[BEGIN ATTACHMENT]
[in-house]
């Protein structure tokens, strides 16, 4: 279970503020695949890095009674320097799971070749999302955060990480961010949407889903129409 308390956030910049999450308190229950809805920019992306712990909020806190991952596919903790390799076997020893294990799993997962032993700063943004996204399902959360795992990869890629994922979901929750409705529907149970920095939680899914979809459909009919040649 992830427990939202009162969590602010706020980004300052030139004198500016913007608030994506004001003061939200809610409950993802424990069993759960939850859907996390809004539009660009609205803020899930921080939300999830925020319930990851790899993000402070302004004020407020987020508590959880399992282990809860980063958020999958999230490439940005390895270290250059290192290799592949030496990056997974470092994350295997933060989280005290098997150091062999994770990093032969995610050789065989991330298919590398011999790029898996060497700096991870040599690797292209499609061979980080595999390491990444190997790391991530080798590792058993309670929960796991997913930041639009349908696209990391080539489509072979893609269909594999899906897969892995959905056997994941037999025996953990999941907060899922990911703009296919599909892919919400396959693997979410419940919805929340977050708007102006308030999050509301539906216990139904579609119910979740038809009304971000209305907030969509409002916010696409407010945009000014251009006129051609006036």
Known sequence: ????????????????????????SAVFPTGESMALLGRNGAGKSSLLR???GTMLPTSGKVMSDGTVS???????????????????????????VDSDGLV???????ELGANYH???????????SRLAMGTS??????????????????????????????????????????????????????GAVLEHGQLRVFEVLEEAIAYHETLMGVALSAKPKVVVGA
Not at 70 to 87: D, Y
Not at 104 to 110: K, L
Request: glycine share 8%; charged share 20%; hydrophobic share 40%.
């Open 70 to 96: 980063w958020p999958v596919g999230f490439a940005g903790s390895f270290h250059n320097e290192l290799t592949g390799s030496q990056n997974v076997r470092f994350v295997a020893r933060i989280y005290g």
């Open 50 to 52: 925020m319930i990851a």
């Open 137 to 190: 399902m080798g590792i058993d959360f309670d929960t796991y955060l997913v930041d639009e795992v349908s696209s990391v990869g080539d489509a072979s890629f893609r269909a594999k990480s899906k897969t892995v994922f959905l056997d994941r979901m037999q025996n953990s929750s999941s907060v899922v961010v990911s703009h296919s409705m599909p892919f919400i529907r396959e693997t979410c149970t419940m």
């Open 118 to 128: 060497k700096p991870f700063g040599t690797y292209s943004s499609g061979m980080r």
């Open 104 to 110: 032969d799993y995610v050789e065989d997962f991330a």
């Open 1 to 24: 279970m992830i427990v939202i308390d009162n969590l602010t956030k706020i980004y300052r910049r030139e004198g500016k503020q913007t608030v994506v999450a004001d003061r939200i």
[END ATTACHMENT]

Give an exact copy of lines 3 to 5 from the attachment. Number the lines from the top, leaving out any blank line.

Known sequence: ????????????????????????SAVFPTGESMALLGRNGAGKSSLLR???GTMLPTSGKVMSDGTVS???????????????????????????VDSDGLV???????ELGANYH???????????SRLAMGTS??????????????????????????????????????????????????????GAVLEHGQLRVFEVLEEAIAYHETLMGVALSAKPKVVVGA
Not at 70 to 87: D, Y
Not at 104 to 110: K, L